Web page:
This has become particularly obvious in relation to attitudes towards ‘anti-vaxxers’. Almost everyone I know (that is to say, members of my ideological bubble) think they are misguided or just plain crazy. That’s too crude a response, I think. For one thing it assumes that all vaccine sceptics or opponents are the same. They’re not. Some have legitimate health reasons for being hesitant. Some undoubtedly are conspiracy theorists. Some are libertarians, ideologically speaking. But many are — for very good reasons — sceptical about anything that the neoliberal ‘democratic’ state tells them to do. Which means that any attempt to reduce the degree of vaccine hesitancy (to use the polite term) that doesn’t recognise the diversity of the phenomenon is doomed to fail.
This thought is sparked by discovering — courtesy of Andrew Curry (Whom God Preserve) — a paper that was published in The Lancet in (wait for it!) December 10, 2020. Its title: “The COVID-19 vaccines rush: participatory community engagement matters more than ever.”
It’s behind a journal paywall, I think, but the relevant bit for me was this:
From the outset it is important to distinguish between people wholly opposed to vaccination (anti-vaxxers) and individuals with limited or inaccurate health information or who have genuine concerns and questions about any given vaccine, its safety, and the extent to which it is being deployed in their interests before accepting it (vaccine hesitancy). In conflating and problematising the spectrum of those who do not accept vaccination, authorities might further erode trust and confidence, thereby exacerbating rather than resolving the factors underlying vaccine hesitancy. COVID-19 vaccines arrive as the social contract between some governments and their populations is being eroded and when many people, especially those in vulnerable groups, have little confidence that their government will protect them. In the UK, for example, a parliamentary report highlighted that more than 60% of Black people do not believe that their health is protected by the National Health Service to the same extent as White people.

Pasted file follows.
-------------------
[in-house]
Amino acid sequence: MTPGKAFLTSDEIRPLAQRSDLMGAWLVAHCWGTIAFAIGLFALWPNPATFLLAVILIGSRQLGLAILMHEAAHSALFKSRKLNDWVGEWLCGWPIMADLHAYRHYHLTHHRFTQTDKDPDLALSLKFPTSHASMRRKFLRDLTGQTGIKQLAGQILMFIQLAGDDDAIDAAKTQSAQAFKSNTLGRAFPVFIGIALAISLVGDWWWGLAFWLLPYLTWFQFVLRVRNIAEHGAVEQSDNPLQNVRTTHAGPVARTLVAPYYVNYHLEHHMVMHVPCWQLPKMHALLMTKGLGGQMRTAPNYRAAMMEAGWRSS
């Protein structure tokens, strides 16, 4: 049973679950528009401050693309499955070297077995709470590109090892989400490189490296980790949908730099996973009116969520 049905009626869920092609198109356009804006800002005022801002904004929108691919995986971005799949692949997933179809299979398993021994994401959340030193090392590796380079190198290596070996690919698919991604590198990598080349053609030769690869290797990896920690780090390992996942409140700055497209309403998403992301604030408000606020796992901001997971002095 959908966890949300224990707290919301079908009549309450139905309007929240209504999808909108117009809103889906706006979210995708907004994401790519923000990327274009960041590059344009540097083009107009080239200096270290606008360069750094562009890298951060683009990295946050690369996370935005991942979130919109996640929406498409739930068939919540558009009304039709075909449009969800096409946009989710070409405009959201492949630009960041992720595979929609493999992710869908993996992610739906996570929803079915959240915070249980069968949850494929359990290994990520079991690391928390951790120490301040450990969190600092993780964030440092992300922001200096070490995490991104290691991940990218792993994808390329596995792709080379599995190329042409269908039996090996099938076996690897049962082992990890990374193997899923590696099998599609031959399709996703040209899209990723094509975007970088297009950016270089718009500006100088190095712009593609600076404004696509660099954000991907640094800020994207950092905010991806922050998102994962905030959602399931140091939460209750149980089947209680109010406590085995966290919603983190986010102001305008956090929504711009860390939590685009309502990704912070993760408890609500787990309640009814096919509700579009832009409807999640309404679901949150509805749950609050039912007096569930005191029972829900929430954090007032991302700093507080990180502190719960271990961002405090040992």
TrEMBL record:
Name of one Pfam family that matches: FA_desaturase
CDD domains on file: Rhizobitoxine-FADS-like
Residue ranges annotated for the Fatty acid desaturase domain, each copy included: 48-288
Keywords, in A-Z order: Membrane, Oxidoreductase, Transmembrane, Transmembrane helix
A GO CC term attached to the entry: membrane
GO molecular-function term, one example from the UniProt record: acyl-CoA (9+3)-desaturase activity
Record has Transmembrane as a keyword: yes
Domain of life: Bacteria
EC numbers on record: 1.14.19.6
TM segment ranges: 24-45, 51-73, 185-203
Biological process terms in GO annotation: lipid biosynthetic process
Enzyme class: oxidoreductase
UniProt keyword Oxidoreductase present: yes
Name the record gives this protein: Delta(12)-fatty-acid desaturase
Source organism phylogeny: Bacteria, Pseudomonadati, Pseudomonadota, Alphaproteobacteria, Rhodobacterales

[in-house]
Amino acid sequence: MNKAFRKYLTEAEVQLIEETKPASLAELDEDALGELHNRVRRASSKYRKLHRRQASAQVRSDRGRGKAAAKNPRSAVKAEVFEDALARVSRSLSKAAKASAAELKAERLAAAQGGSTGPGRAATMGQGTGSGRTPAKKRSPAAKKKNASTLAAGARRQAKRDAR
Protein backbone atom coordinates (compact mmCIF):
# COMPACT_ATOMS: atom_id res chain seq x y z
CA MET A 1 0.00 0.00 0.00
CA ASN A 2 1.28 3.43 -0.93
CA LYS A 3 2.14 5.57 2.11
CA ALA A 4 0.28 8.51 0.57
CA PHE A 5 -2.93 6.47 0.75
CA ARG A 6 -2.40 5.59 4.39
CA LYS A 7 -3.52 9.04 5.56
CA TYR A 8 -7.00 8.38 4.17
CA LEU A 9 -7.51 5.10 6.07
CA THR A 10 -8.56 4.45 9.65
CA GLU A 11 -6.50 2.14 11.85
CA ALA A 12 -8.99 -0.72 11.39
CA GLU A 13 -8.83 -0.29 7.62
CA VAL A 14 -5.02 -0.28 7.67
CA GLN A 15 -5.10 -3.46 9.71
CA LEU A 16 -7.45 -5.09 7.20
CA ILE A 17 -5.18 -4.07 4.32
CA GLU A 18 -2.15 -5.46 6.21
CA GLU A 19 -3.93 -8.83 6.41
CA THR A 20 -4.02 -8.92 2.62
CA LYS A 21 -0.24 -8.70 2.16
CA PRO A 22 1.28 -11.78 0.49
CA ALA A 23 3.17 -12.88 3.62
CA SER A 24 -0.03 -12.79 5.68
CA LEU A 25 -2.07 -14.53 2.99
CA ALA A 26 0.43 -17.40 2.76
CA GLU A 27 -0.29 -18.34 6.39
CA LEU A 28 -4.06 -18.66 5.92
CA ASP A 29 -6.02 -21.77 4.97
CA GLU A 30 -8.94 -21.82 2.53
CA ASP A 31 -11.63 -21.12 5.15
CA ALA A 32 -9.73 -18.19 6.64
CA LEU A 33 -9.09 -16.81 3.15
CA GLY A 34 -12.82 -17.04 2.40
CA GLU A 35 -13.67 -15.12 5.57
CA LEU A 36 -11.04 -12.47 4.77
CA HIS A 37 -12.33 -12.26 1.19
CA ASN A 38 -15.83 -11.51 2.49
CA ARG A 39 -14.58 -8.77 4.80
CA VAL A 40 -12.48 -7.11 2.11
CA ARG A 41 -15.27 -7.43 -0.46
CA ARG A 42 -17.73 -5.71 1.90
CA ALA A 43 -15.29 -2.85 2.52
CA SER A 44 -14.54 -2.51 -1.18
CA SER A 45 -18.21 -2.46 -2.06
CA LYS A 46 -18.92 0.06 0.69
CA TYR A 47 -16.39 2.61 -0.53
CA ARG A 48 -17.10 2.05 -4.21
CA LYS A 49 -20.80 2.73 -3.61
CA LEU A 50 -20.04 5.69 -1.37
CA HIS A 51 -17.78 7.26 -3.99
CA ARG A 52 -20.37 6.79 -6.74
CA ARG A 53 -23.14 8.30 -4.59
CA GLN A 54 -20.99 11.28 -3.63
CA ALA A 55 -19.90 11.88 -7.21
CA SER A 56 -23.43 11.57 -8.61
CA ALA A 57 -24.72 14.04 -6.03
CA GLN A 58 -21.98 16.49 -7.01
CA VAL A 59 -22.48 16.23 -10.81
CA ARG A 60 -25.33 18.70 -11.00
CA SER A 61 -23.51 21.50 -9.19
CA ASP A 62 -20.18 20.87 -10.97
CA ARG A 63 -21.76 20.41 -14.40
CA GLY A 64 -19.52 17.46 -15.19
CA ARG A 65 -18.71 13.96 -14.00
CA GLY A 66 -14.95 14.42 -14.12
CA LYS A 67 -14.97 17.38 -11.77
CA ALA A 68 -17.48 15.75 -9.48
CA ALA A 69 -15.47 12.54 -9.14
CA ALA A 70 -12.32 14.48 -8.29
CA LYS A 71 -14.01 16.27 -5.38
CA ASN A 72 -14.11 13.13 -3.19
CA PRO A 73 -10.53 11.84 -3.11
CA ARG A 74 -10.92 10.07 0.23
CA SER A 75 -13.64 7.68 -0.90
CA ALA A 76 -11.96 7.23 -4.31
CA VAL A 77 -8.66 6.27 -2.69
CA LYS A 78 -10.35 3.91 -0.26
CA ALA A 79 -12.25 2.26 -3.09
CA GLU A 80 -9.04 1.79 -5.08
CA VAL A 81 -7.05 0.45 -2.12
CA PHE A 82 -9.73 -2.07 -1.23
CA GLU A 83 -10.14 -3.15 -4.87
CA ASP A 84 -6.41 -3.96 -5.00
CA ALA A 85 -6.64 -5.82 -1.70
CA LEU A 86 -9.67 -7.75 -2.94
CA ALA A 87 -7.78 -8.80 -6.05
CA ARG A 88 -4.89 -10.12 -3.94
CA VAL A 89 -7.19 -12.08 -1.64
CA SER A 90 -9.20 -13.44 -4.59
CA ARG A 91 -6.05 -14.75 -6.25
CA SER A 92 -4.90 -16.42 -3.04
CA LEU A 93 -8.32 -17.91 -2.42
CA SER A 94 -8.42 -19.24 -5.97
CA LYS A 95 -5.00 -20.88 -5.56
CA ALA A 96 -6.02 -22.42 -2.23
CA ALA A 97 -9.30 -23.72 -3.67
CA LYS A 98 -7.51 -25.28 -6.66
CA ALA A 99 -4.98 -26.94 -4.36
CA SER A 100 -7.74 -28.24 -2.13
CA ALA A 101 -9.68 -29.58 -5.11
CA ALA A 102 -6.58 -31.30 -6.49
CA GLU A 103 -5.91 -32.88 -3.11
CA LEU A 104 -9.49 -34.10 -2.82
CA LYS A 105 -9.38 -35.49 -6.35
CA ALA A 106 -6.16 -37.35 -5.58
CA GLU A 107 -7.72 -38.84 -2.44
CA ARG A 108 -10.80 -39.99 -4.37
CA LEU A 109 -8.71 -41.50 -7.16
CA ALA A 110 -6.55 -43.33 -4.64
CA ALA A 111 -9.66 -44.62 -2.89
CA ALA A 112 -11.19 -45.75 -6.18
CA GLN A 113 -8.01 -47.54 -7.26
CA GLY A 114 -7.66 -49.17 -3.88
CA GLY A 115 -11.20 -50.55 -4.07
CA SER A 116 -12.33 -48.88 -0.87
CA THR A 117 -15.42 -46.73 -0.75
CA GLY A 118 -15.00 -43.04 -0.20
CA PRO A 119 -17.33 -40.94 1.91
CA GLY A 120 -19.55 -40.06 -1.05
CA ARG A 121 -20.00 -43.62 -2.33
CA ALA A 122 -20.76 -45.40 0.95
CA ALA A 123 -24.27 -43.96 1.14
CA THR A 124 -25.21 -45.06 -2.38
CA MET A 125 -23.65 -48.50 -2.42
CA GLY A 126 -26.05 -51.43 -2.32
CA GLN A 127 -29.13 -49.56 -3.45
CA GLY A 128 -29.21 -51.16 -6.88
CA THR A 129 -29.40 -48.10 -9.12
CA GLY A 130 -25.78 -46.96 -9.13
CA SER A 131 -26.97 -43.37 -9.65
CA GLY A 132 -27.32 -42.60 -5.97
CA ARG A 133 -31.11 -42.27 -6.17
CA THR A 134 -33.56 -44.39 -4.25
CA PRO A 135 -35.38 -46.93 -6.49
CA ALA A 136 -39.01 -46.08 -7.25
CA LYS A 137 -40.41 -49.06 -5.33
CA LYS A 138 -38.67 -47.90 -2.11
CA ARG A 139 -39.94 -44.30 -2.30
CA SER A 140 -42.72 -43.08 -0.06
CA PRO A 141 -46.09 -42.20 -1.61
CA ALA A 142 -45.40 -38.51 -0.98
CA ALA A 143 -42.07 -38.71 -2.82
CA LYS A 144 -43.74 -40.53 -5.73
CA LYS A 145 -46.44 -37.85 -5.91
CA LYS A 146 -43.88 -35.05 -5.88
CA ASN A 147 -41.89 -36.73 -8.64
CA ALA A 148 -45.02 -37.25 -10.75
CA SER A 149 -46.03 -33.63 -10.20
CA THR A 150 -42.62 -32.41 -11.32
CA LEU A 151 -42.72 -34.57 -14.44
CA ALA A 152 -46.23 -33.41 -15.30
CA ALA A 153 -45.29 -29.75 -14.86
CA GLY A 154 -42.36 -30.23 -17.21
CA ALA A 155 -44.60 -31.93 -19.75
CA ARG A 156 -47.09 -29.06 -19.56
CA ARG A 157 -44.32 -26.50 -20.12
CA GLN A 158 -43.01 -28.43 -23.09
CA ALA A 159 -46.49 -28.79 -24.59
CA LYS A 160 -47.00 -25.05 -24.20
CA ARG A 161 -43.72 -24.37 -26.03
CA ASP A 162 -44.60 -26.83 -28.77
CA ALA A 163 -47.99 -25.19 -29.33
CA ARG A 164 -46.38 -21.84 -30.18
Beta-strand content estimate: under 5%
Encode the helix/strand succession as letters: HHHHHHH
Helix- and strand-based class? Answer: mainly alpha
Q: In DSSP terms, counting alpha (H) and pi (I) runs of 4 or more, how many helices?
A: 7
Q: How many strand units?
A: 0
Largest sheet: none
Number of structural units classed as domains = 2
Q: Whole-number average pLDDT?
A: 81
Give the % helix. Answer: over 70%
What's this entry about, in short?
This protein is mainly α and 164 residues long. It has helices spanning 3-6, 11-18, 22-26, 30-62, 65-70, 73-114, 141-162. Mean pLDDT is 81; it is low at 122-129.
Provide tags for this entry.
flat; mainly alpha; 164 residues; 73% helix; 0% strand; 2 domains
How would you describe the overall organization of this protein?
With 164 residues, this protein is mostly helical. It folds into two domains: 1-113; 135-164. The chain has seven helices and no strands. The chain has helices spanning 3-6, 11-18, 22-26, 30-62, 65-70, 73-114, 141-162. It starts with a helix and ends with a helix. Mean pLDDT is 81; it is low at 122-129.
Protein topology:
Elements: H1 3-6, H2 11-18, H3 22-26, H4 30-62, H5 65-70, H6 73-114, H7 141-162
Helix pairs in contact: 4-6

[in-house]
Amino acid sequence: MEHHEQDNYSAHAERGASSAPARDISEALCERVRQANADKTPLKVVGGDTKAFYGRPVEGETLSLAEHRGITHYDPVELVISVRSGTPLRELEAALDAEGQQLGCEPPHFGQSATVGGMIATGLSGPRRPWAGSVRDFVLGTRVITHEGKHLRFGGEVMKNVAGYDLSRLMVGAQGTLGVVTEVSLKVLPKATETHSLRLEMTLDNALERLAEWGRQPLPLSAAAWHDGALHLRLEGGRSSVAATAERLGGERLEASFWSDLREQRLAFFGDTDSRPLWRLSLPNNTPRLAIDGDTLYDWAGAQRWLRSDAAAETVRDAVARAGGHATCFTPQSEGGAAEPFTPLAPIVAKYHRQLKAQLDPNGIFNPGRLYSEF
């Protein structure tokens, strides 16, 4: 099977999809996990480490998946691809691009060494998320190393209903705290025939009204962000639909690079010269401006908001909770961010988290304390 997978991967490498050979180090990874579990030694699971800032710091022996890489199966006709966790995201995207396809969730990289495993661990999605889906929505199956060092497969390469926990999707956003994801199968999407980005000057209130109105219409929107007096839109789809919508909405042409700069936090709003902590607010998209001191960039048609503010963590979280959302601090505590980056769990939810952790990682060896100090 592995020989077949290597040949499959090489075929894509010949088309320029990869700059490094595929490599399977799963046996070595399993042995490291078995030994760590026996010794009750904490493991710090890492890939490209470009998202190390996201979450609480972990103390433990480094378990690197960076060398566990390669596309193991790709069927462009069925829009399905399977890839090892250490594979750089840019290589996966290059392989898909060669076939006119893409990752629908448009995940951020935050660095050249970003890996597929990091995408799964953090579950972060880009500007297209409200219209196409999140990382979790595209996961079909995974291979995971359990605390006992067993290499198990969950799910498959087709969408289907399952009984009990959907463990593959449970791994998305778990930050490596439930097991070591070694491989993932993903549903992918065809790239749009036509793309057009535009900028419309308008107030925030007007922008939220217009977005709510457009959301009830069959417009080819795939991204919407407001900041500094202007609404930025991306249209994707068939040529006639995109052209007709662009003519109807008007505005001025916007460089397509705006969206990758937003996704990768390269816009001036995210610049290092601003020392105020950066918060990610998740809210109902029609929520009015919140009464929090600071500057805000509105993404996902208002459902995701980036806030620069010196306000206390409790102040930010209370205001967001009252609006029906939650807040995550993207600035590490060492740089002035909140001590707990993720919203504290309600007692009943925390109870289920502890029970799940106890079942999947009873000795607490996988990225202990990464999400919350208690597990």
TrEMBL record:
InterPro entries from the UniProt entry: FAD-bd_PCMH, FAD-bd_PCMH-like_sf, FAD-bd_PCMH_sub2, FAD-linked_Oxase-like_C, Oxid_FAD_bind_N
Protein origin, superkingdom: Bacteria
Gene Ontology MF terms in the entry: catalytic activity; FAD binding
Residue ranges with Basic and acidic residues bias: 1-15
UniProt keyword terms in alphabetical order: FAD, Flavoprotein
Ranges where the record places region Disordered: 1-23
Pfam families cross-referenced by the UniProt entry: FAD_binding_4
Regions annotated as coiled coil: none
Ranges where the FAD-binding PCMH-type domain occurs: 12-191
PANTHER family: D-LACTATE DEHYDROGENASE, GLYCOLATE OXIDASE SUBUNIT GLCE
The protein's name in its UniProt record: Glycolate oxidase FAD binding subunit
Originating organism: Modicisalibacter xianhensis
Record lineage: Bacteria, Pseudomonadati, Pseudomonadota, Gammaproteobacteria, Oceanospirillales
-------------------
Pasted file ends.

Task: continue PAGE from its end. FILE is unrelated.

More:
Globally, the COVID-19 pandemic has further marginalised historically oppressed and excluded groups, including people with disabilities and growing numbers living in precarity. These groups have suffered disproportionate economic and health consequences, and have been largely excluded from social protection and resources needed to minimise their contracting the virus. The widespread impacts of the pandemic have illuminated the structural violence embedded in society. Now these communities are being asked to trust the same structures that have contributed to their experiences of discrimination, abuse, trauma, and marginalisation in order to access vaccines and to benefit the wider population.
The thrust of the paper’s argument was that neither government diktats nor contempt for vaccine refuseniks would do any good. Experience since 2020 seems largely to confirm this view. Different kinds of community-based initiatives (outlined in the paper) might, but as far as I know none of these have been adopted by the UK government.
Morals of this story:
Polarised thinking may make people feel comfortable in their righteousness; but it’s not a way of solving a problem.
Most of us are polarised in one way or another.
My commonplace booklet
From a nice essay, ”Have We Forgotten How to Read Critically?”, by Kate Harding:
Not every piece of short nonfiction writing is an opinion piece, crafted to advance a particular argument. This is the first thing we all need to understand. What you’re reading now, for instance, is an essay—not an op-ed, a chapter, or a blog post. I’ll spare you the customary French translation here and simply note that I love the essay form because it’s an opportunity to watch someone—including yourself, if you write them—think deeply, out loud. To me, the signal pleasure of reading is finding partial answers to the question I have about everyone I encounter: What is it like inside your brain? I am incorrigibly nosy, and reading essays is a socially acceptable outlet for it.
Essays worthy of the name—i.e., distinct from diaries, journals, op-eds, and other forms with lower expectations for depth—have a certain quality that Virginia Woolf identified as belonging “to life and to life alone. You have not finished with it because you have read it, any more than friendship is ended because it is time to part. Life wells up and alters and adds.” In the opening essay of The Gutenberg Elegies, Sven Birkerts describes a similar quality in Woolf: The ideas in A Room of One’s Own, he writes, “are, in fact, few and fairly obvious—at least from our historical vantage. Yet the thinking, the presence of animate thought on the page, is striking.”
This Blog is also available as a daily email. If you think that might suit you better, why not subscribe? One email a day, Monday through Friday, delivered to your inbox. It’s free, and you can always unsubscribe if you conclude your inbox is full enough already!